Plant people are super creative. I personally think they have to be because plants have so many different patterns and come in a variety of shapes and colors. It’s hard not to be creative around plants and use them as inspiration, which is why I’m not surprised that plant embroidery is having its moment.
Seriously. It is.
Despite embroidery not being a new concept by any means, Etsy says they've experienced a 737% increase in searches on the site for plant embroidery kits in the last six complete months (compared to the same time the previous year).
And search #plantembroidery on Instagram, and you'll find more than 6,000 posts (really, go do it, you’ll probably end up scrolling through all of them because they are that pretty).
The best part of this international trend is that people are not only falling in love with plants, but they’re using them to influence so many things like home decor, crafts, and more. Plant embroidery patterns and designs can range from simple to super intricate and precise and feature tons of different colors. And a lot of these artists free-stitch their work—meaning they don't use a pattern.
So, being the good plant evangelist I am, I scoured Instagram and reached out to a few of my favorite cross-stitching artists. All of their work is unique and draws inspiration from their own plant collections, which I personally love to see because I’m a little nosey when it comes to plants. So take a look at these amazing designs and maybe you’ll be reaching for a needle and thread soon.
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Megan Tabor, from Thousand Oaks, CA.
She first started embroidering almost four years ago and now has an Etsy shop where she sells her patterns. They are inspired by her own collection of succulents and houseplants, “I always feel like a room is incomplete without a little green. They just make life a little more beautiful which is exactly what I try to do with my art. I guess by including them in my pieces they help me achieve my goal of making something beautiful.”
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Celeste Johnson of Austin, Texas
She says she “fell in love with the craft at the first stitch.” Her embroidery is inspired by “the sculptural qualities, textural details, and vivid colors of leaves and petals found in nature” and in her personal collection. Celeste creates some really cool miniature plant scenes and her favorite features twelve little house plants on shelves, “It reminds me of a playful 1970s living room. I’ve always been drawn to miniatures and tiny details, so I love that these plants are all around 1” tall.”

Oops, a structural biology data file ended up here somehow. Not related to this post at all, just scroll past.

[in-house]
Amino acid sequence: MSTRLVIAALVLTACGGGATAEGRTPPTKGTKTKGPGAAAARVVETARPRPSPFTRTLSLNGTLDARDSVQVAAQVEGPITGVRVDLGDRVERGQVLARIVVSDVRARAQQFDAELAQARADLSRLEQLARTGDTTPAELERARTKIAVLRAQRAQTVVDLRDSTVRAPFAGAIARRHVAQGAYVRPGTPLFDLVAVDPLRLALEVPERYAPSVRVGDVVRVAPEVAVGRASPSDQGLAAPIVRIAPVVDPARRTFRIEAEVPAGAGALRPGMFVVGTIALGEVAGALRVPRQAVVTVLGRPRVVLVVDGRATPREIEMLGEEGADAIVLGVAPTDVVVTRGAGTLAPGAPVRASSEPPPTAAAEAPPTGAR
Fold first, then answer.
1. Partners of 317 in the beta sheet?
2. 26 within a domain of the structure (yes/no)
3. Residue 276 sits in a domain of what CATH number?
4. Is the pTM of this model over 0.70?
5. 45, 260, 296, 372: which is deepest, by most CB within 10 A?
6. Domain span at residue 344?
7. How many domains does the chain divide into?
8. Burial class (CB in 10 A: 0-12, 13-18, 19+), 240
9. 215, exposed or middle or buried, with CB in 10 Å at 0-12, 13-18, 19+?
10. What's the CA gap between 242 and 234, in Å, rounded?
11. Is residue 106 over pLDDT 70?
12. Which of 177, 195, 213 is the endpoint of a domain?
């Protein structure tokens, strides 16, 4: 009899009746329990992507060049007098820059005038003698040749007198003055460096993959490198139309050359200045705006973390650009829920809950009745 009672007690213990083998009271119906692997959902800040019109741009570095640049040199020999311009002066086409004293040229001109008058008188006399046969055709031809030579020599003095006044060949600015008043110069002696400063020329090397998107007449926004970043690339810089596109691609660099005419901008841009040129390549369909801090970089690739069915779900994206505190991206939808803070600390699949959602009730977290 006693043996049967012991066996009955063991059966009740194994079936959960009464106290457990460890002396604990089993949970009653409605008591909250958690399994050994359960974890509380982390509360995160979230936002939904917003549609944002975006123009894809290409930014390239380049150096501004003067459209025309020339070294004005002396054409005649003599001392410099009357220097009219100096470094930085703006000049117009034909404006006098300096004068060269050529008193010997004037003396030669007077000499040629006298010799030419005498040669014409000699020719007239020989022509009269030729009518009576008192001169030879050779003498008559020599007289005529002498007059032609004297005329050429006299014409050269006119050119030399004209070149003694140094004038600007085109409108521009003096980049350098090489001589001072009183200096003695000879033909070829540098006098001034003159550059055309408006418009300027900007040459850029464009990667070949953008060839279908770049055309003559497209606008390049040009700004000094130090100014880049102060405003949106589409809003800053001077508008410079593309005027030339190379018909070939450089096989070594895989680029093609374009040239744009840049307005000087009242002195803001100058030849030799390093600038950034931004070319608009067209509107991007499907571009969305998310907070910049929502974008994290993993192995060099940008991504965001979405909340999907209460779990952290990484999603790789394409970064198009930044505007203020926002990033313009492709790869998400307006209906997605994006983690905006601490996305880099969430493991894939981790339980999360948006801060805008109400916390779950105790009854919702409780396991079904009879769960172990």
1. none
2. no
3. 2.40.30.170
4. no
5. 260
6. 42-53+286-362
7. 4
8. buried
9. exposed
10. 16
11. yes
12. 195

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Elizabeth Yuskel, of Los Angeles
Yuskel began cross stitching with her mom when she was little, but in 2018 she “picked up embroidery again and started putting a contemporary twist to it.” A proud plant mom to over 50 plus plants in her small Los Angeles apartment, she’s inspired by colors and natural elements and often includes them in her work. Her embroidery patterns range from gorgeous soft sunsets to bold plants, like her Alocasia, which she says loves to give her trouble. “I love plants because they give me something to take care of other than myself," she said. "It can be a challenge to keep some of my plants alive...so I am always learning what I should and shouldn’t be doing.”
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Harriet Glenc, of Cheltenham, UK
She started embroidering back in 2017 while she was in university. After experimenting with different techniques, her Etsy store was born. She has around 20 different house plants, which all have their own names, and she says, “I often find myself studying their form for future designs or their colours for potential schemes.” Her favorite piece is her 4-inch Variegated Monstera which she says took her 15 hours to complete! And Harriet not only uses plants as an inspiration for her work, but her work as an inspiration for her plant collection. “The Polka dot Begonia maculata is the plant of my dreams however I am yet to add it to my collection. So, I decided to embroider myself one—that way there's no chance of me killing it!”Continue to 5 of 5 below.
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Marta Szustakowska, Brighton, UK
Originally from Poland, Marta has been embroidering for a few years but decided to pursue it as more than a hobby a year ago. “ A few months ago I approached our local florist studio and [now] I show and sell my hoops there. It is very exciting,” she said. Marta is inspired by her own plant collection and says that she and her partner are currently on a plant-buying ban (I can totally relate to that). She loves watching them grow and is especially interested in the colors, shapes and patterns. When it comes to her embroidery plants, she says that sometimes “it is a challenge to find a perfect shade of thread which would match the beautiful green shades of our plants!”